ERIC Number: ED264238
Record Type: RIE
Publication Date: 1985-Oct
Reference Count: 0
Public Response to Proposals for Raising Academic Standards in Secondary Schools. Research Series No. 163.
Freeman, Donald J.; And Others
Results are presented of a nationwide telephone survey of 1,200 adults --conducted from November 1984 to January 1985--that examined the public's response to secondary school reform. The public wants greater student accountability, greater teacher initiative and accountability, and upgraded curricula. Ninety-five percent of the respondents supported high school graduation exams and junior high promotion tests. Participants also wanted tangible evidence of teacher competence and initiative. More than 80 percent favored national teacher exams and teachers working during the summer to improve their teaching. About two-thirds were ready to support measures designed to attract and retain good teachers, including increasing teachers' salaries and/or offering merit pay to outstanding teachers. Respondents were opposed to school closings and cutbacks in extracurricular activities as ways to pay for these reforms; most preferred paying higher taxes instead. About one-third of the survey's participants said they would abandon support for more rigorous course work if their children had to give up athletics or other extracurricular activities to have time enough for schoolwork. (Author/JD)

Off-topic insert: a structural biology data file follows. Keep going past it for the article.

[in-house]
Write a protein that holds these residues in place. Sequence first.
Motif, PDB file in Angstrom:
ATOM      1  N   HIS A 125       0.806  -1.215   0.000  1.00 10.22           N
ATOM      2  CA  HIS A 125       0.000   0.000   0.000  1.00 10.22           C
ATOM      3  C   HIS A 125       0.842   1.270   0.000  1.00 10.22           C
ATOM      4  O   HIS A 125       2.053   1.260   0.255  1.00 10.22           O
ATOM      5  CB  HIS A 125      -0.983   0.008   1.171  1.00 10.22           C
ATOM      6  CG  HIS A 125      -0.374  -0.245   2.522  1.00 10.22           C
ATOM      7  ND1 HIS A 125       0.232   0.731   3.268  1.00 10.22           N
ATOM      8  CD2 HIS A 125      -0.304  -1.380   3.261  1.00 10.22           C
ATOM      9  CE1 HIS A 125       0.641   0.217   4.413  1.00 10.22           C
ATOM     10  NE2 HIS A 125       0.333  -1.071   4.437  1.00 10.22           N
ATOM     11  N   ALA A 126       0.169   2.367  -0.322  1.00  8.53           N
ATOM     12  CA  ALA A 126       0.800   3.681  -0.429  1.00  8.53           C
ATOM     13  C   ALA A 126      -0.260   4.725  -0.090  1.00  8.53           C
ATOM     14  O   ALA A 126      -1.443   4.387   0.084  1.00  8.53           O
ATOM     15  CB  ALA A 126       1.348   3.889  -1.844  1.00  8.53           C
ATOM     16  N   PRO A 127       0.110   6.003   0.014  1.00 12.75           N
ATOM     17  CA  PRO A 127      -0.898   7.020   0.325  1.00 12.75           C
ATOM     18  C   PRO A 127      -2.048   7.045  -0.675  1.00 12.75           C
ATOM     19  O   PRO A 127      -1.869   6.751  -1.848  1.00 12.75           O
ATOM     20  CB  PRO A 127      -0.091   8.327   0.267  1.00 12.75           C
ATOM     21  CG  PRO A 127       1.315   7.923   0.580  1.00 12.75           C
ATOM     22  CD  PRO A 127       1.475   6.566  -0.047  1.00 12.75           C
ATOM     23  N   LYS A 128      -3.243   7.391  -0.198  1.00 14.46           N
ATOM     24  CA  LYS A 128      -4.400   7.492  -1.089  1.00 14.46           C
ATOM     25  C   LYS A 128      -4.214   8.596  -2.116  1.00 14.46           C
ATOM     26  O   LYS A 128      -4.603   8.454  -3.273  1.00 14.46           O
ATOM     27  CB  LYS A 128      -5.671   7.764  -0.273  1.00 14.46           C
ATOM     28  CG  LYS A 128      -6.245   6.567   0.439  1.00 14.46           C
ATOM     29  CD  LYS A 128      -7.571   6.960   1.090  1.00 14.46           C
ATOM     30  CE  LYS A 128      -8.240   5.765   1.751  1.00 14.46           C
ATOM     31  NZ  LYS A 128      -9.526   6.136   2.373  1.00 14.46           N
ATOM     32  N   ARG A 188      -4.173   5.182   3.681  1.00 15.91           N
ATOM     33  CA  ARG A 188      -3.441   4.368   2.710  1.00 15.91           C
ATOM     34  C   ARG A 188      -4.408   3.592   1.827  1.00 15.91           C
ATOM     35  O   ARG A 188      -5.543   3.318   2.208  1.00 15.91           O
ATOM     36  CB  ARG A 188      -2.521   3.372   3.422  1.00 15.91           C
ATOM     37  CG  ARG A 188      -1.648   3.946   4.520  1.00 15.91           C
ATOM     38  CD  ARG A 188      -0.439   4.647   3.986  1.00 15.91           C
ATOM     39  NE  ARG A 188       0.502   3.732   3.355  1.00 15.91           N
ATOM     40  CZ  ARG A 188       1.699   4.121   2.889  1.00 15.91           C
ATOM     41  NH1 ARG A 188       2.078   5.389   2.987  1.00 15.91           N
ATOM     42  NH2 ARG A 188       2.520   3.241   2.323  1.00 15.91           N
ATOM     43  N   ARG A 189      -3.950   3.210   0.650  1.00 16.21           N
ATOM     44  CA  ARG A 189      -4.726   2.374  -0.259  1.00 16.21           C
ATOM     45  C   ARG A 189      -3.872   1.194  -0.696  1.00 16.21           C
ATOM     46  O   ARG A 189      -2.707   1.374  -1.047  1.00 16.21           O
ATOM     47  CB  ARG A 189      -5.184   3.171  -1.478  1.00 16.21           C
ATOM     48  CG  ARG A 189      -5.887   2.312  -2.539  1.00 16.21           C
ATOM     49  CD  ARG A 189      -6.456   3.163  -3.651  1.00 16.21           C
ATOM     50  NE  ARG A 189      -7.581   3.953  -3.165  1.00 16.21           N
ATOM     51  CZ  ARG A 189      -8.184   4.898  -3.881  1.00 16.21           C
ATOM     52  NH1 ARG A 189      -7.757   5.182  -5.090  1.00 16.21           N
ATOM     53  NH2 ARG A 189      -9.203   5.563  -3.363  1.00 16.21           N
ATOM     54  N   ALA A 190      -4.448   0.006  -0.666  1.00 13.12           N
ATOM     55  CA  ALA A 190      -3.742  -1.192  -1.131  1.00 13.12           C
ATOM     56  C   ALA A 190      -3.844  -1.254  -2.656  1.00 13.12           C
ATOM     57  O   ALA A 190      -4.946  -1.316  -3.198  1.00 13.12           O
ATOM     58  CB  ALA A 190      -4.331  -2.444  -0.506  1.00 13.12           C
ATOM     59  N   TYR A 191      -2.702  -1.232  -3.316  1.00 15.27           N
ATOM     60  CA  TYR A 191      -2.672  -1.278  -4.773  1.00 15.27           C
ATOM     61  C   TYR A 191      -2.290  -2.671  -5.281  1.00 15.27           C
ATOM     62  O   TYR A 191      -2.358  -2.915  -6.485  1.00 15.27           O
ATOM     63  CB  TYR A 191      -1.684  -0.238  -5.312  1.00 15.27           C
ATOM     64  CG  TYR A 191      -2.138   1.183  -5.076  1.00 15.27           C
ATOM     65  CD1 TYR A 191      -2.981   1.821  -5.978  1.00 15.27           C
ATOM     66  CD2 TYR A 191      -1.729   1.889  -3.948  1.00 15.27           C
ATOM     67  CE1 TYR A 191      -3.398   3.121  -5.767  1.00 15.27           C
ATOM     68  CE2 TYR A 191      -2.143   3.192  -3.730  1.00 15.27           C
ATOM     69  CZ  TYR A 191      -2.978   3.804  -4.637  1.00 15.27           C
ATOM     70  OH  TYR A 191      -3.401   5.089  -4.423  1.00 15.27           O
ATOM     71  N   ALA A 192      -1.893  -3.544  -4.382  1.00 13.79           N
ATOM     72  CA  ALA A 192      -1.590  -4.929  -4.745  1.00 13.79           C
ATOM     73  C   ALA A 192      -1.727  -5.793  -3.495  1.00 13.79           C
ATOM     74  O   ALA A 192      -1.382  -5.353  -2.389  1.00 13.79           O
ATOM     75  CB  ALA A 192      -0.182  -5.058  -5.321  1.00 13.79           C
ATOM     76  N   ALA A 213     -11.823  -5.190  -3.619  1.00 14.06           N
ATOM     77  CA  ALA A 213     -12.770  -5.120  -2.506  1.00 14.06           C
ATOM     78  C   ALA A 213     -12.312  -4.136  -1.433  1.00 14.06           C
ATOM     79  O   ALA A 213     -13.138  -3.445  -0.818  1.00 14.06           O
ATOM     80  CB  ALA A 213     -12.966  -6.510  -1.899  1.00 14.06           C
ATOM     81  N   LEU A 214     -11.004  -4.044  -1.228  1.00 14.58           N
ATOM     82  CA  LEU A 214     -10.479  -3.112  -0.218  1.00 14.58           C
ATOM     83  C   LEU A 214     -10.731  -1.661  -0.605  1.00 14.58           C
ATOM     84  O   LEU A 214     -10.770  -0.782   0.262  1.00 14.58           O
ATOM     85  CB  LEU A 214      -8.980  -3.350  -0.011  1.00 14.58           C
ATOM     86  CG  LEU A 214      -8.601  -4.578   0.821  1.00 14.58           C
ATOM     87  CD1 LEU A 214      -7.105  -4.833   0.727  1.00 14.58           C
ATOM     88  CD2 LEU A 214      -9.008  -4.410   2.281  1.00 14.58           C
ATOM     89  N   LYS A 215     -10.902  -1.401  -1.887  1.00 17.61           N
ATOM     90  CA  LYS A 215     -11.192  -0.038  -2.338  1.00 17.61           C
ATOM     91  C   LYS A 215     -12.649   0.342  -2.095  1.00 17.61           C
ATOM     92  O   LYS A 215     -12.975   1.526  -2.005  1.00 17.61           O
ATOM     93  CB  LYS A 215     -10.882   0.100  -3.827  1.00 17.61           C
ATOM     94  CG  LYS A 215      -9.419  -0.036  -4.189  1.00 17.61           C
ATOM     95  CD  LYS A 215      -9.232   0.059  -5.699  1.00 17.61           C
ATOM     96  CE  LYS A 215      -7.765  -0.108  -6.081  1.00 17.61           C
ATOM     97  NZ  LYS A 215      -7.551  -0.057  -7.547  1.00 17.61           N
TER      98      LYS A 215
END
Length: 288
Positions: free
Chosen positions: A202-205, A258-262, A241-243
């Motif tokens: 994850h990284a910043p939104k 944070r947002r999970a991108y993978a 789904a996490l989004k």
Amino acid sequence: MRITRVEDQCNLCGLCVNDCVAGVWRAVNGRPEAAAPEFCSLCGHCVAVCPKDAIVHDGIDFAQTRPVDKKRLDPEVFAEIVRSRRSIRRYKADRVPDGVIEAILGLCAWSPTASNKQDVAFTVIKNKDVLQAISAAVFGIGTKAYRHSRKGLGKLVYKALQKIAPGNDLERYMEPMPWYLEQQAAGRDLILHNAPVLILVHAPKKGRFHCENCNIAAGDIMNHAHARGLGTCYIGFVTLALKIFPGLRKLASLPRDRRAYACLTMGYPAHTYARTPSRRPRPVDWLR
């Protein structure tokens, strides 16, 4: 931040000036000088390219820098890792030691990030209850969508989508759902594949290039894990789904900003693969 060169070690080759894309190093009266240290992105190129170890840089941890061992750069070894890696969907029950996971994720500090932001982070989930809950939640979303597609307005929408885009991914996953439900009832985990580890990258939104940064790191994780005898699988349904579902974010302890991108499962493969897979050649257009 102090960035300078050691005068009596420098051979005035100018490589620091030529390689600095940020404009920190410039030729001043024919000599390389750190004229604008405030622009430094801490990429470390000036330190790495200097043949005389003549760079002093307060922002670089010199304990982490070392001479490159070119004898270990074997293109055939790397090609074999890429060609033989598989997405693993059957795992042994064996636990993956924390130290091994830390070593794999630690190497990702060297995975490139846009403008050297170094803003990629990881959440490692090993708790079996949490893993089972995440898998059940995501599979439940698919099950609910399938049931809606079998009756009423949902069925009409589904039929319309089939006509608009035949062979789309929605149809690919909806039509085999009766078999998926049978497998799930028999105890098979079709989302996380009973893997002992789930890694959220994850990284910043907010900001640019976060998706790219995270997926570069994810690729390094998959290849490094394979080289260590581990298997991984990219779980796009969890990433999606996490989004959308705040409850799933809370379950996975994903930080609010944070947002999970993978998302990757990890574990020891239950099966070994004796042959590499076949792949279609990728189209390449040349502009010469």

Publication Type: Reports - Research
Education Level: N/A
Sponsor: National Inst. of Education (ED), Washington, DC.
Authoring Institution: Michigan State Univ., East Lansing. Inst. for Research on Teaching.